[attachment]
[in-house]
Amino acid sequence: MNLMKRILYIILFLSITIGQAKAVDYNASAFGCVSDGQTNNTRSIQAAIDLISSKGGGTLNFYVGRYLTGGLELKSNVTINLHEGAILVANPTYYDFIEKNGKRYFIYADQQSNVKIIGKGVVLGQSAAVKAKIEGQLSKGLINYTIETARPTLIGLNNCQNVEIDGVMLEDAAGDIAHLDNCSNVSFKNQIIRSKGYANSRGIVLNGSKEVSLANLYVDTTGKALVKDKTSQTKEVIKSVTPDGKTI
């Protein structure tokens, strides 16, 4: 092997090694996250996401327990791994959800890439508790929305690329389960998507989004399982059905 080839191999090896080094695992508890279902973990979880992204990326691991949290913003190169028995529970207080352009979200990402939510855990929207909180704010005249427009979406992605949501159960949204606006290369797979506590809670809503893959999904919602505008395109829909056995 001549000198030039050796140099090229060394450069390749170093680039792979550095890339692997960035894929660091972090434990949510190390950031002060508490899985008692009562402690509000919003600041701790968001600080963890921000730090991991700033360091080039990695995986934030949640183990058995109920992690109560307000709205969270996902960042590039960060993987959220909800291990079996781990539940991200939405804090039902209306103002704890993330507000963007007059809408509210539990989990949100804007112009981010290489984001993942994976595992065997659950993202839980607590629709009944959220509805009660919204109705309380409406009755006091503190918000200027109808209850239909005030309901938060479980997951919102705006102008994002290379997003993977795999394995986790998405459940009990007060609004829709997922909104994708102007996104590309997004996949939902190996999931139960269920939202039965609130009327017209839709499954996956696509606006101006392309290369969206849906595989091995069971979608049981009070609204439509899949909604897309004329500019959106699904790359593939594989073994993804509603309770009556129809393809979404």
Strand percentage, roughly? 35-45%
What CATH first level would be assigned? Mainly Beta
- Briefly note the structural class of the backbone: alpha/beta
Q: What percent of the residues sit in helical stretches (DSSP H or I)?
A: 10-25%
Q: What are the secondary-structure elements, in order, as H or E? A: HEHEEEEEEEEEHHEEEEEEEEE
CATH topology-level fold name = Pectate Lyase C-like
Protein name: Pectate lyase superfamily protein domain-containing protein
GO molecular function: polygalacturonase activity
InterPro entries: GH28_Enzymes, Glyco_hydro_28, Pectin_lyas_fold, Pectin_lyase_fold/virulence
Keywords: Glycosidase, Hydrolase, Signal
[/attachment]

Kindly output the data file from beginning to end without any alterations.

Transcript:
[in-house]
Amino acid sequence: MNLMKRILYIILFLSITIGQAKAVDYNASAFGCVSDGQTNNTRSIQAAIDLISSKGGGTLNFYVGRYLTGGLELKSNVTINLHEGAILVANPTYYDFIEKNGKRYFIYADQQSNVKIIGKGVVLGQSAAVKAKIEGQLSKGLINYTIETARPTLIGLNNCQNVEIDGVMLEDAAGDIAHLDNCSNVSFKNQIIRSKGYANSRGIVLNGSKEVSLANLYVDTTGKALVKDKTSQTKEVIKSVTPDGKTI
């Protein structure tokens, strides 16, 4: 092997090694996250996401327990791994959800890439508790929305690329389960998507989004399982059905 080839191999090896080094695992508890279902973990979880992204990326691991949290913003190169028995529970207080352009979200990402939510855990929207909180704010005249427009979406992605949501159960949204606006290369797979506590809670809503893959999904919602505008395109829909056995 001549000198030039050796140099090229060394450069390749170093680039792979550095890339692997960035894929660091972090434990949510190390950031002060508490899985008692009562402690509000919003600041701790968001600080963890921000730090991991700033360091080039990695995986934030949640183990058995109920992690109560307000709205969270996902960042590039960060993987959220909800291990079996781990539940991200939405804090039902209306103002704890993330507000963007007059809408509210539990989990949100804007112009981010290489984001993942994976595992065997659950993202839980607590629709009944959220509805009660919204109705309380409406009755006091503190918000200027109808209850239909005030309901938060479980997951919102705006102008994002290379997003993977795999394995986790998405459940009990007060609004829709997922909104994708102007996104590309997004996949939902190996999931139960269920939202039965609130009327017209839709499954996956696509606006101006392309290369969206849906595989091995069971979608049981009070609204439509899949909604897309004329500019959106699904790359593939594989073994993804509603309770009556129809393809979404």
Strand percentage, roughly? 35-45%
What CATH first level would be assigned? Mainly Beta
- Briefly note the structural class of the backbone: alpha/beta
Q: What percent of the residues sit in helical stretches (DSSP H or I)?
A: 10-25%
Q: What are the secondary-structure elements, in order, as H or E? A: HEHEEEEEEEEEHHEEEEEEEEE
CATH topology-level fold name = Pectate Lyase C-like
Protein name: Pectate lyase superfamily protein domain-containing protein
GO molecular function: polygalacturonase activity
InterPro entries: GH28_Enzymes, Glyco_hydro_28, Pectin_lyas_fold, Pectin_lyase_fold/virulence
Keywords: Glycosidase, Hydrolase, Signal